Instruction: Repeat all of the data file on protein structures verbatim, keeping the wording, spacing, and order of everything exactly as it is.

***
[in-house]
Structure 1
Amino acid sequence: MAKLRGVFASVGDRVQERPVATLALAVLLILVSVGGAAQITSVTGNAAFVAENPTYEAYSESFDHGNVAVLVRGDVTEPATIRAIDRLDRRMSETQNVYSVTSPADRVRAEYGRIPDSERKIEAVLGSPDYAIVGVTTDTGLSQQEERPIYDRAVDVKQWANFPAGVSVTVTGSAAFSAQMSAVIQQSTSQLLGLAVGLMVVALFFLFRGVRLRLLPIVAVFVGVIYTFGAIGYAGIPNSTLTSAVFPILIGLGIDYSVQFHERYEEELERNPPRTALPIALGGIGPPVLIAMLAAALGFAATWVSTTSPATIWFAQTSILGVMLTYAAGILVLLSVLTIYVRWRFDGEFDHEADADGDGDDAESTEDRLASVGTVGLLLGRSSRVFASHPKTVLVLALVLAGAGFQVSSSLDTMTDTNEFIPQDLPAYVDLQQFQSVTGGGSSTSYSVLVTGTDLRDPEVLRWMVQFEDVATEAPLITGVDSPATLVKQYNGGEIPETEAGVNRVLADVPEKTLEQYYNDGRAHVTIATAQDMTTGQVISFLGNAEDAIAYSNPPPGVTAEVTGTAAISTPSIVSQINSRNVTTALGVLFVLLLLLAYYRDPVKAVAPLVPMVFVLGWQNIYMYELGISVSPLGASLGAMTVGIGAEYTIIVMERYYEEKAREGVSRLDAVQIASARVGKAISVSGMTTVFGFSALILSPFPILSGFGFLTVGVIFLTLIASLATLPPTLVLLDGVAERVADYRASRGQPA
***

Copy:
[in-house]
Structure 1
Amino acid sequence: MAKLRGVFASVGDRVQERPVATLALAVLLILVSVGGAAQITSVTGNAAFVAENPTYEAYSESFDHGNVAVLVRGDVTEPATIRAIDRLDRRMSETQNVYSVTSPADRVRAEYGRIPDSERKIEAVLGSPDYAIVGVTTDTGLSQQEERPIYDRAVDVKQWANFPAGVSVTVTGSAAFSAQMSAVIQQSTSQLLGLAVGLMVVALFFLFRGVRLRLLPIVAVFVGVIYTFGAIGYAGIPNSTLTSAVFPILIGLGIDYSVQFHERYEEELERNPPRTALPIALGGIGPPVLIAMLAAALGFAATWVSTTSPATIWFAQTSILGVMLTYAAGILVLLSVLTIYVRWRFDGEFDHEADADGDGDDAESTEDRLASVGTVGLLLGRSSRVFASHPKTVLVLALVLAGAGFQVSSSLDTMTDTNEFIPQDLPAYVDLQQFQSVTGGGSSTSYSVLVTGTDLRDPEVLRWMVQFEDVATEAPLITGVDSPATLVKQYNGGEIPETEAGVNRVLADVPEKTLEQYYNDGRAHVTIATAQDMTTGQVISFLGNAEDAIAYSNPPPGVTAEVTGTAAISTPSIVSQINSRNVTTALGVLFVLLLLLAYYRDPVKAVAPLVPMVFVLGWQNIYMYELGISVSPLGASLGAMTVGIGAEYTIIVMERYYEEKAREGVSRLDAVQIASARVGKAISVSGMTTVFGFSALILSPFPILSGFGFLTVGVIFLTLIASLATLPPTLVLLDGVAERVADYRASRGQPA